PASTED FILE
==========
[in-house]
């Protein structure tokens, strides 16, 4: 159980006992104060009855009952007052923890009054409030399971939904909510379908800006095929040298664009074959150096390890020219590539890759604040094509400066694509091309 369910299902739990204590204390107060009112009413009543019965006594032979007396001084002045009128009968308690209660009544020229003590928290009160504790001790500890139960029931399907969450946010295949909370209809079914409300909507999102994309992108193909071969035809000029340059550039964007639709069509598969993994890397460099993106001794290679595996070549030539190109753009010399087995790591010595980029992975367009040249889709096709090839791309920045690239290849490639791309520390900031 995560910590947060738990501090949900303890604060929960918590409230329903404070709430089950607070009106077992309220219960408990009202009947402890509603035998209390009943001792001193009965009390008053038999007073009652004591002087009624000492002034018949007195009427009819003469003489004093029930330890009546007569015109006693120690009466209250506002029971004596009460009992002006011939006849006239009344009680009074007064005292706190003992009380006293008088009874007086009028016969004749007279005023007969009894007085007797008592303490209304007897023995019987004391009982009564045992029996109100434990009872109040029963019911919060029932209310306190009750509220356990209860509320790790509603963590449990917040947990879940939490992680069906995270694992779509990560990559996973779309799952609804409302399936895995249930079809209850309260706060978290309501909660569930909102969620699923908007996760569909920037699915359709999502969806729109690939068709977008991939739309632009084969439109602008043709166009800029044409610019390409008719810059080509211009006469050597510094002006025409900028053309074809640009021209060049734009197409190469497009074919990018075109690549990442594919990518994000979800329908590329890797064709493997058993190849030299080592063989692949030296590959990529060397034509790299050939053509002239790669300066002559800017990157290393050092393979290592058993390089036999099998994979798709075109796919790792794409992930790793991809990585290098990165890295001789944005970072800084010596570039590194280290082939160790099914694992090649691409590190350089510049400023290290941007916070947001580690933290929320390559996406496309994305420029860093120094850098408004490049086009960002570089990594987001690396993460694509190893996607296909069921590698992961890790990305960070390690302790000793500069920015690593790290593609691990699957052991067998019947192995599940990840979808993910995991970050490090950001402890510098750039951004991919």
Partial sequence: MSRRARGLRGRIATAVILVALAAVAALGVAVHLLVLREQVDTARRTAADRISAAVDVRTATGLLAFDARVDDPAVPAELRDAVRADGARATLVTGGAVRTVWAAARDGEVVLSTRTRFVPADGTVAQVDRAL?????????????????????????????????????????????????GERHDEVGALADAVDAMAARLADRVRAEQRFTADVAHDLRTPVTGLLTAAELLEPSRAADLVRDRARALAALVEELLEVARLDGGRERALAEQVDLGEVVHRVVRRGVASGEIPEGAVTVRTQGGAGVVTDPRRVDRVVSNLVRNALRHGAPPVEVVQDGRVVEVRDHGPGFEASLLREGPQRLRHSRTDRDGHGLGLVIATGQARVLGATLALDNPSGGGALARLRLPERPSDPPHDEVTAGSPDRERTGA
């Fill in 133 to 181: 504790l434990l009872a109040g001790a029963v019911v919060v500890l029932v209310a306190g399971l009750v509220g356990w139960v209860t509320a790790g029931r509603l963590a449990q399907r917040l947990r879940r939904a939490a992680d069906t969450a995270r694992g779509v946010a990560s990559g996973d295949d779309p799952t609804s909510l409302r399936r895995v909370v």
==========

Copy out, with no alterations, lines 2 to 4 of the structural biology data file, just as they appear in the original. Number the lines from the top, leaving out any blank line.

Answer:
């Protein structure tokens, strides 16, 4: 159980006992104060009855009952007052923890009054409030399971939904909510379908800006095929040298664009074959150096390890020219590539890759604040094509400066694509091309 369910299902739990204590204390107060009112009413009543019965006594032979007396001084002045009128009968308690209660009544020229003590928290009160504790001790500890139960029931399907969450946010295949909370209809079914409300909507999102994309992108193909071969035809000029340059550039964007639709069509598969993994890397460099993106001794290679595996070549030539190109753009010399087995790591010595980029992975367009040249889709096709090839791309920045690239290849490639791309520390900031 995560910590947060738990501090949900303890604060929960918590409230329903404070709430089950607070009106077992309220219960408990009202009947402890509603035998209390009943001792001193009965009390008053038999007073009652004591002087009624000492002034018949007195009427009819003469003489004093029930330890009546007569015109006693120690009466209250506002029971004596009460009992002006011939006849006239009344009680009074007064005292706190003992009380006293008088009874007086009028016969004749007279005023007969009894007085007797008592303490209304007897023995019987004391009982009564045992029996109100434990009872109040029963019911919060029932209310306190009750509220356990209860509320790790509603963590449990917040947990879940939490992680069906995270694992779509990560990559996973779309799952609804409302399936895995249930079809209850309260706060978290309501909660569930909102969620699923908007996760569909920037699915359709999502969806729109690939068709977008991939739309632009084969439109602008043709166009800029044409610019390409008719810059080509211009006469050597510094002006025409900028053309074809640009021209060049734009197409190469497009074919990018075109690549990442594919990518994000979800329908590329890797064709493997058993190849030299080592063989692949030296590959990529060397034509790299050939053509002239790669300066002559800017990157290393050092393979290592058993390089036999099998994979798709075109796919790792794409992930790793991809990585290098990165890295001789944005970072800084010596570039590194280290082939160790099914694992090649691409590190350089510049400023290290941007916070947001580690933290929320390559996406496309994305420029860093120094850098408004490049086009960002570089990594987001690396993460694509190893996607296909069921590698992961890790990305960070390690302790000793500069920015690593790290593609691990699957052991067998019947192995599940990840979808993910995991970050490090950001402890510098750039951004991919």
Partial sequence: MSRRARGLRGRIATAVILVALAAVAALGVAVHLLVLREQVDTARRTAADRISAAVDVRTATGLLAFDARVDDPAVPAELRDAVRADGARATLVTGGAVRTVWAAARDGEVVLSTRTRFVPADGTVAQVDRAL?????????????????????????????????????????????????GERHDEVGALADAVDAMAARLADRVRAEQRFTADVAHDLRTPVTGLLTAAELLEPSRAADLVRDRARALAALVEELLEVARLDGGRERALAEQVDLGEVVHRVVRRGVASGEIPEGAVTVRTQGGAGVVTDPRRVDRVVSNLVRNALRHGAPPVEVVQDGRVVEVRDHGPGFEASLLREGPQRLRHSRTDRDGHGLGLVIATGQARVLGATLALDNPSGGGALARLRLPERPSDPPHDEVTAGSPDRERTGA
């Fill in 133 to 181: 504790l434990l009872a109040g001790a029963v019911v919060v500890l029932v209310a306190g399971l009750v509220g356990w139960v209860t509320a790790g029931r509603l963590a449990q399907r917040l947990r879940r939904a939490a992680d069906t969450a995270r694992g779509v946010a990560s990559g996973d295949d779309p799952t609804s909510l409302r399936r895995v909370v």